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Preparing & Performing Under Pressure

Preparing & Performing Under Pressure

5 mental tools to help you along the way:


1. Visualization - One of the most effective ways for you to prepare for an event is to realize and activate your imagination. The more you develop and practice visualization, the more effective and impactful it will be during competition. Remember visualization or imagery is the ability to picture yourself performing at your best. Practice visualizing the steps you will be going through before and during the competition. Use all your 5 senses when you practice visualization. The clearer the image - the more detailed- the greater the effect on the body.


2. Confidence - Remember your ability. Remember your preparation. Reflect on past successes and positive experiences. The two primary ways to gain confidence is to remember the quality and quantity of your training. How you’ve prepared? What you’ve done? The greatest obstacle on the road to confidence is fear. Fears come from uncertainty and the uncertainty indicates a lack of confidence. No one can make us feel as if we’re failures without our own consent. Confident people never consent.


Tale of Two Wolves:

An old Cherokee chief teaches his grandson about life. “A fight is going on inside me,” he said to the boy. “It is a terrible fight between two wolves. One is evil — he is anger, envy, sorrow, regret, greed, arrogance, self-pity, guilt, resentment, inferiority, lies, false pride, superiority, self-doubt, and ego. The other is good — he is joy, peace, love, hope, serenity, humility, kindness, benevolence, empathy, generosity, truth, compassion, and faith. This same fight is going on inside you — and inside every other person, too.” The grandson thought about this for a minute and then asked his grandfather, “Which wolf will win?” The old chief simply replied, “The one you feed.”


3. View this event as a challenge not a threat. When you view this as a challenge it starts with a perception of the situation as an opportunity to push yourself, get out of your comfort zone, seek out your limits, achieve your goals, and reach a new level of excellence. With this perception, you are focused on pursuing your athletic goals with complete confidence, courage and commitment and without doubt, worry or fear. Challenge associated with you embracing the process of your sport rather than fearing the results of your efforts. You will feel energized and your muscles will feel loose and your breathing will be deep and controlled. Remember your fundamental goal is to face and conquer the challenge.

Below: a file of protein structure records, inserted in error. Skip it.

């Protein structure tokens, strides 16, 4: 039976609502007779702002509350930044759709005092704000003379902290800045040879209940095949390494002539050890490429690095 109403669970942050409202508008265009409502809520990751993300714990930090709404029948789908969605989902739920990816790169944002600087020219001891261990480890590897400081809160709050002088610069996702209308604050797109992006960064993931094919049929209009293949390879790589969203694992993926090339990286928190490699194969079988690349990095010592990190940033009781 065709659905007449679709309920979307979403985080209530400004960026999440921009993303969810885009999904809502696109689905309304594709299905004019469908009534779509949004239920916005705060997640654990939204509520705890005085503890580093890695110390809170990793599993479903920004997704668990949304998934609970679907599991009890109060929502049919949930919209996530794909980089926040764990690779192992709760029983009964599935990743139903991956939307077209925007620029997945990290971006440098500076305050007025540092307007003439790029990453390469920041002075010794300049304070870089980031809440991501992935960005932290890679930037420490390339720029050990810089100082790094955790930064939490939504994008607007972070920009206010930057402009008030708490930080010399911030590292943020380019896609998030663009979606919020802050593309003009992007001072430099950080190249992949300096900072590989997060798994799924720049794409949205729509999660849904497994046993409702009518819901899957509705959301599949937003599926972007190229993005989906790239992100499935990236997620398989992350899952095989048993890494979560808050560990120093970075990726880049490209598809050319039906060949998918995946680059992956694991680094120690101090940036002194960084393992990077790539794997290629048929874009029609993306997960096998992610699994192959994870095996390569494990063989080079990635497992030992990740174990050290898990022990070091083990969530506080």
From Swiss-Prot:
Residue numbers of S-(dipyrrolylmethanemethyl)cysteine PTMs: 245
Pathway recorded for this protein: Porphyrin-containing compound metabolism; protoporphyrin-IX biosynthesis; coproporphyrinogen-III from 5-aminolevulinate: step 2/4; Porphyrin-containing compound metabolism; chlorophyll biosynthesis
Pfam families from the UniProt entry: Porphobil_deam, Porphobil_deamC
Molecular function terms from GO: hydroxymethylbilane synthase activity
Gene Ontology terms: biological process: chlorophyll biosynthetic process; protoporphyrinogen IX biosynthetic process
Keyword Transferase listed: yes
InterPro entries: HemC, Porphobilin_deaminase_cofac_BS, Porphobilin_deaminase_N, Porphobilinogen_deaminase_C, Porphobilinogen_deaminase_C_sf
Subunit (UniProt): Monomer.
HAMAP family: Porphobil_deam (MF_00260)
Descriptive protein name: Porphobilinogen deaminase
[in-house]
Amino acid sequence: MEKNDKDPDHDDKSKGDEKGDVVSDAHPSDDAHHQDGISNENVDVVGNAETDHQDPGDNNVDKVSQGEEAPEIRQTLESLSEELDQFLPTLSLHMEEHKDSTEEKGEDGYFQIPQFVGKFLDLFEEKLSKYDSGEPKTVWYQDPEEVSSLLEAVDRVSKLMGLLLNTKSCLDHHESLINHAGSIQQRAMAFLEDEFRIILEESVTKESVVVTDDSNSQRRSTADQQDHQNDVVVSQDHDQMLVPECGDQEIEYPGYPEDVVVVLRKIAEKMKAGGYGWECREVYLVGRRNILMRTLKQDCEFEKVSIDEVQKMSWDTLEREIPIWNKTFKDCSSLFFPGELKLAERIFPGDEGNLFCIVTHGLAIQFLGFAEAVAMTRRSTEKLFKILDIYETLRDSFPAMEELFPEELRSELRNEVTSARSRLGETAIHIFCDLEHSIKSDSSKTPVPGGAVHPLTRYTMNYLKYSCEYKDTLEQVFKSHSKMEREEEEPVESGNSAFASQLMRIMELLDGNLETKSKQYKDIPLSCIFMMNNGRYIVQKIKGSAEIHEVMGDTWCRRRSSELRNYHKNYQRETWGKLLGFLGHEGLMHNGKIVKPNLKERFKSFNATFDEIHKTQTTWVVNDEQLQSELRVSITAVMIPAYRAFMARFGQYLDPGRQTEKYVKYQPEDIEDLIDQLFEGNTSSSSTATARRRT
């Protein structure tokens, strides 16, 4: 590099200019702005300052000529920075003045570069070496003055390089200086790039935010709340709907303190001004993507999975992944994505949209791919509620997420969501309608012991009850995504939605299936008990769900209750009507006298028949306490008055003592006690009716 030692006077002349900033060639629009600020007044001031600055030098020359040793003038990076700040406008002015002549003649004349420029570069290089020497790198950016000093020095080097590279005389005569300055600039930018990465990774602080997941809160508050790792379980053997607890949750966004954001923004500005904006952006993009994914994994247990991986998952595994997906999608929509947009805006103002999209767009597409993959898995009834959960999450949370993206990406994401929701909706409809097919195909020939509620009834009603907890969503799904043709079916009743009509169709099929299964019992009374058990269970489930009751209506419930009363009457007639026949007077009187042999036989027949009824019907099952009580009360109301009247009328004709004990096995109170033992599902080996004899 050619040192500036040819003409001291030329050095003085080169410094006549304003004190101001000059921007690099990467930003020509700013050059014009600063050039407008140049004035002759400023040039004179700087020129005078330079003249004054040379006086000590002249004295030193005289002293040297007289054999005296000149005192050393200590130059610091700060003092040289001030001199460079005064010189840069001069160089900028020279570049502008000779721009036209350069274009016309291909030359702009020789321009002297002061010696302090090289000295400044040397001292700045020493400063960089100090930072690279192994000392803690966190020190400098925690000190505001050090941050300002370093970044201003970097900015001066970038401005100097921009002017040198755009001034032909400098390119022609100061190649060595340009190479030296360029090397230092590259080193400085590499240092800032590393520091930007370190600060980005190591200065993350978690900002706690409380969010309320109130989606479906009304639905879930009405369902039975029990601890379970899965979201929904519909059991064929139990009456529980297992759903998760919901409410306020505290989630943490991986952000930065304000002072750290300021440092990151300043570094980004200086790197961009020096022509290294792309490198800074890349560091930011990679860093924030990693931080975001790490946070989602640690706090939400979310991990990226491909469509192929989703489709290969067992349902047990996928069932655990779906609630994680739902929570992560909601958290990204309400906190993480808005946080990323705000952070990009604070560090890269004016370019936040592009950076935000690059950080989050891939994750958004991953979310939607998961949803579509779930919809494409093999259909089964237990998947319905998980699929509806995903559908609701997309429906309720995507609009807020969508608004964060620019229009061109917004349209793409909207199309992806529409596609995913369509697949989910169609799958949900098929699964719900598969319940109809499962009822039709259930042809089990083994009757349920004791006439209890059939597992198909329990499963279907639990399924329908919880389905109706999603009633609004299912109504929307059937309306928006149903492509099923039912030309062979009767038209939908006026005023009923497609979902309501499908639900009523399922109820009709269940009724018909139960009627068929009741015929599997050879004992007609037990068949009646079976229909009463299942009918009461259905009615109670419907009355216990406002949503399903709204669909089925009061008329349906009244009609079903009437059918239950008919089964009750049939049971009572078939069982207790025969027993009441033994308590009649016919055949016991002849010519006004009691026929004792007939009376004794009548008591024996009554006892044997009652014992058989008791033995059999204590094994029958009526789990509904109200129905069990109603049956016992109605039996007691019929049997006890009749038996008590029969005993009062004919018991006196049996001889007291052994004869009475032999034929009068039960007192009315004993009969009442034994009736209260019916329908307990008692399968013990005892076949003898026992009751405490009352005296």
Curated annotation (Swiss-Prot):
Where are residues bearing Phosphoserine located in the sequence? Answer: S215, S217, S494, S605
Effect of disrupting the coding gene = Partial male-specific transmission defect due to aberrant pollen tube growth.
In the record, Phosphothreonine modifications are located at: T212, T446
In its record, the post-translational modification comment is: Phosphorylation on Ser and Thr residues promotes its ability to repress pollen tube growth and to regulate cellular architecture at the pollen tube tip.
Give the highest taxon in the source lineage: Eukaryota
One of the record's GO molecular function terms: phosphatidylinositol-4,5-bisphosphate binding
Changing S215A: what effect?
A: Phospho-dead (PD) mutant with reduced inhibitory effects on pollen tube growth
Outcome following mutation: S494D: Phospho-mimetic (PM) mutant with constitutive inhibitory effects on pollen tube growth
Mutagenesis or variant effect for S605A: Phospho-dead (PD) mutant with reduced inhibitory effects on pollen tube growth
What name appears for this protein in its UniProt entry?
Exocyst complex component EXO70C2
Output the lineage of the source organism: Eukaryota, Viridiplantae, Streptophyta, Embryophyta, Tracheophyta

4. Breath control- “Your breathing determines whether you are at your best or whether you are at a disadvantage.” Carola, author and teacher of breathing practices.

Box breathing is one simple technique to practice breath control. Drawing a box with your finger: Breath for five seconds, hold for five seconds, breathe out for five seconds, and then hold for five seconds and repeat

You can also breathe in through the nose for a count of five hold for two to three seconds and then breathe out for a count of five and repeat.

Make sure when you’re breathing that your belly expands during inhalation and relaxes during exhalation. Proper breathing helps relieve the stress and tension from your system and brings you back into the present moment.


5. Neutral thinking. Work on decreasing negative talk and focus on neutral talk. Be aware of the chatter in your head and modify it as needed.

Remember when you downshift to neutral, you are choosing your next right step for you. You accept the past, but you also accept that it's not predictive of the future. Remember your behavior will supersede your emotions when acting in alignment with your values and practicing neutral thinking in emotional situations.

Do your best to focus on the present moment, what is in your control, and not allow negative thinking to be a part of your conversation within yourself or with others. Focus on the facts, move forward, and take action steps with things within your control.

Finally, As you go into this next competition, have a mantra, phrase, or a word that will continue to encourage and inspire you in the present moment while you’re competing. Repeat this mantra throughout your competition.


Remember….enjoy the process and have fun!


Dr. Nina Rios-Doria is a Licensed Counselor and specializes in mental performance and mental health for athletes. Learn more about Dr. Nina and her practice at



  • The Champions Mind by Jim Afremow

  • Getting to Neutral by Trevor Moawad

  • The Mental Game of Baseball by H.A. Dorfman

  • Train your Mind for Athletic Success by Jim Taylor

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